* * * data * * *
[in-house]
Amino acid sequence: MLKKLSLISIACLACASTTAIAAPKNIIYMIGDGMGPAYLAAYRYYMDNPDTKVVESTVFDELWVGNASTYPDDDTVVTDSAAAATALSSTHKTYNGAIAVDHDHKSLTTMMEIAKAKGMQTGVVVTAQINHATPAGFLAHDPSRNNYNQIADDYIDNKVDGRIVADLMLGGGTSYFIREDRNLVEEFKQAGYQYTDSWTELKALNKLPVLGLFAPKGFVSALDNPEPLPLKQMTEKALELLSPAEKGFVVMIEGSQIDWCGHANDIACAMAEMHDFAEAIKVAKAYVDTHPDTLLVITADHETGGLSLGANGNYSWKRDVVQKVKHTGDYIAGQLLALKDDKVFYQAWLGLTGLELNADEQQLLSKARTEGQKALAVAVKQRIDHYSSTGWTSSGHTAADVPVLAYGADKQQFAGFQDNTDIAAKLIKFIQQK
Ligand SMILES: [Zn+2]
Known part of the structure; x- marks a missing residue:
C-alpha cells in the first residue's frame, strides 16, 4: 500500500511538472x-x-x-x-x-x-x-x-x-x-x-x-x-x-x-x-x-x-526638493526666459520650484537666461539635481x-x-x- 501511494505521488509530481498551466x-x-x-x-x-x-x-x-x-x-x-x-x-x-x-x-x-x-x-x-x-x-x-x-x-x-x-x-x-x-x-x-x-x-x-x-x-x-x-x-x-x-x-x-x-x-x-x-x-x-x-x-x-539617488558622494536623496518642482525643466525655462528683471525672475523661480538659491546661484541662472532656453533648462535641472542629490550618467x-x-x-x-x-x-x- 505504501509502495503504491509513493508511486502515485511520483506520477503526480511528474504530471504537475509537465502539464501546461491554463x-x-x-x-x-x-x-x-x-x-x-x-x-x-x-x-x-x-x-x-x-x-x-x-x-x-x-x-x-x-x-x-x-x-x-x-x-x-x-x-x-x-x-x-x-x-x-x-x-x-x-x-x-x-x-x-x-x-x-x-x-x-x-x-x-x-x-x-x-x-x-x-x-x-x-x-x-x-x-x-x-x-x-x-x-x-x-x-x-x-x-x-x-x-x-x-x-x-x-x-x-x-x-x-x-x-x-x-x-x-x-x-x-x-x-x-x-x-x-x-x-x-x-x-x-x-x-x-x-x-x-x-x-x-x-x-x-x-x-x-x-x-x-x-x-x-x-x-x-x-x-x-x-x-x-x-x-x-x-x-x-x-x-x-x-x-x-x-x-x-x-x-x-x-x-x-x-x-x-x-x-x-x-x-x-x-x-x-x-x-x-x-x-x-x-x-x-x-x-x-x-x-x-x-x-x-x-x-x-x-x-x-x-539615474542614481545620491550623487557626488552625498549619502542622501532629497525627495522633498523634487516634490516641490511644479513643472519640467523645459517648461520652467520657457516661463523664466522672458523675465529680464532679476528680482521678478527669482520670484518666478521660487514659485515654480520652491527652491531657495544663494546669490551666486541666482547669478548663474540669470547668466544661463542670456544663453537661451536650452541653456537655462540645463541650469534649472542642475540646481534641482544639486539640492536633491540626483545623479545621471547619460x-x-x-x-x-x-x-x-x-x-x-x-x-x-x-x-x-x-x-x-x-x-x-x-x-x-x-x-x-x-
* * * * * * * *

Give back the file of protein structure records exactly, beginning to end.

[in-house]
Amino acid sequence: MLKKLSLISIACLACASTTAIAAPKNIIYMIGDGMGPAYLAAYRYYMDNPDTKVVESTVFDELWVGNASTYPDDDTVVTDSAAAATALSSTHKTYNGAIAVDHDHKSLTTMMEIAKAKGMQTGVVVTAQINHATPAGFLAHDPSRNNYNQIADDYIDNKVDGRIVADLMLGGGTSYFIREDRNLVEEFKQAGYQYTDSWTELKALNKLPVLGLFAPKGFVSALDNPEPLPLKQMTEKALELLSPAEKGFVVMIEGSQIDWCGHANDIACAMAEMHDFAEAIKVAKAYVDTHPDTLLVITADHETGGLSLGANGNYSWKRDVVQKVKHTGDYIAGQLLALKDDKVFYQAWLGLTGLELNADEQQLLSKARTEGQKALAVAVKQRIDHYSSTGWTSSGHTAADVPVLAYGADKQQFAGFQDNTDIAAKLIKFIQQK
Ligand SMILES: [Zn+2]
Known part of the structure; x- marks a missing residue:
C-alpha cells in the first residue's frame, strides 16, 4: 500500500511538472x-x-x-x-x-x-x-x-x-x-x-x-x-x-x-x-x-x-526638493526666459520650484537666461539635481x-x-x- 501511494505521488509530481498551466x-x-x-x-x-x-x-x-x-x-x-x-x-x-x-x-x-x-x-x-x-x-x-x-x-x-x-x-x-x-x-x-x-x-x-x-x-x-x-x-x-x-x-x-x-x-x-x-x-x-x-x-x-539617488558622494536623496518642482525643466525655462528683471525672475523661480538659491546661484541662472532656453533648462535641472542629490550618467x-x-x-x-x-x-x- 505504501509502495503504491509513493508511486502515485511520483506520477503526480511528474504530471504537475509537465502539464501546461491554463x-x-x-x-x-x-x-x-x-x-x-x-x-x-x-x-x-x-x-x-x-x-x-x-x-x-x-x-x-x-x-x-x-x-x-x-x-x-x-x-x-x-x-x-x-x-x-x-x-x-x-x-x-x-x-x-x-x-x-x-x-x-x-x-x-x-x-x-x-x-x-x-x-x-x-x-x-x-x-x-x-x-x-x-x-x-x-x-x-x-x-x-x-x-x-x-x-x-x-x-x-x-x-x-x-x-x-x-x-x-x-x-x-x-x-x-x-x-x-x-x-x-x-x-x-x-x-x-x-x-x-x-x-x-x-x-x-x-x-x-x-x-x-x-x-x-x-x-x-x-x-x-x-x-x-x-x-x-x-x-x-x-x-x-x-x-x-x-x-x-x-x-x-x-x-x-x-x-x-x-x-x-x-x-x-x-x-x-x-x-x-x-x-x-x-x-x-x-x-x-x-x-x-x-x-x-x-x-x-x-x-x-x-539615474542614481545620491550623487557626488552625498549619502542622501532629497525627495522633498523634487516634490516641490511644479513643472519640467523645459517648461520652467520657457516661463523664466522672458523675465529680464532679476528680482521678478527669482520670484518666478521660487514659485515654480520652491527652491531657495544663494546669490551666486541666482547669478548663474540669470547668466544661463542670456544663453537661451536650452541653456537655462540645463541650469534649472542642475540646481534641482544639486539640492536633491540626483545623479545621471547619460x-x-x-x-x-x-x-x-x-x-x-x-x-x-x-x-x-x-x-x-x-x-x-x-x-x-x-x-x-x-